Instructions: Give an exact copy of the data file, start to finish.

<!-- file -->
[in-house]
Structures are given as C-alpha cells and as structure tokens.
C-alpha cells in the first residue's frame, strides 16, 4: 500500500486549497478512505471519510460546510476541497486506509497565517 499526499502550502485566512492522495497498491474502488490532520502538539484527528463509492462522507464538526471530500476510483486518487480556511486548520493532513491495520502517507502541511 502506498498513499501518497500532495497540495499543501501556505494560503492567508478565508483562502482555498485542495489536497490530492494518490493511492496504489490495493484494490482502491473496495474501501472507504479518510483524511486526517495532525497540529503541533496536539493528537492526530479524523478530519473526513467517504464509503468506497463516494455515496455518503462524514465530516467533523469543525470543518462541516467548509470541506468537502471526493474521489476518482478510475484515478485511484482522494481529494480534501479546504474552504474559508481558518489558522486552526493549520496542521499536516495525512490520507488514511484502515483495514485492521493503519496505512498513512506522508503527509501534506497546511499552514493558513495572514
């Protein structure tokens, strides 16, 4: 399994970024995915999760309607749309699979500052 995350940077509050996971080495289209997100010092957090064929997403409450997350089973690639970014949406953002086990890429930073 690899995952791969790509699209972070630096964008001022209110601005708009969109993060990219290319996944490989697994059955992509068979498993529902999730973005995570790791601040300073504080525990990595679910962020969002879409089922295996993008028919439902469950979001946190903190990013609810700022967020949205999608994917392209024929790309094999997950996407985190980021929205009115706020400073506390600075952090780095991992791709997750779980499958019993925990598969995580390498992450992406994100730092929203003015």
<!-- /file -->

[in-house]
Structures are given as C-alpha cells and as structure tokens.
C-alpha cells in the first residue's frame, strides 16, 4: 500500500486549497478512505471519510460546510476541497486506509497565517 499526499502550502485566512492522495497498491474502488490532520502538539484527528463509492462522507464538526471530500476510483486518487480556511486548520493532513491495520502517507502541511 502506498498513499501518497500532495497540495499543501501556505494560503492567508478565508483562502482555498485542495489536497490530492494518490493511492496504489490495493484494490482502491473496495474501501472507504479518510483524511486526517495532525497540529503541533496536539493528537492526530479524523478530519473526513467517504464509503468506497463516494455515496455518503462524514465530516467533523469543525470543518462541516467548509470541506468537502471526493474521489476518482478510475484515478485511484482522494481529494480534501479546504474552504474559508481558518489558522486552526493549520496542521499536516495525512490520507488514511484502515483495514485492521493503519496505512498513512506522508503527509501534506497546511499552514493558513495572514
């Protein structure tokens, strides 16, 4: 399994970024995915999760309607749309699979500052 995350940077509050996971080495289209997100010092957090064929997403409450997350089973690639970014949406953002086990890429930073 690899995952791969790509699209972070630096964008001022209110601005708009969109993060990219290319996944490989697994059955992509068979498993529902999730973005995570790791601040300073504080525990990595679910962020969002879409089922295996993008028919439902469950979001946190903190990013609810700022967020949205999608994917392209024929790309094999997950996407985190980021929205009115706020400073506390600075952090780095991992791709997750779980499958019993925990598969995580390498992450992406994100730092929203003015």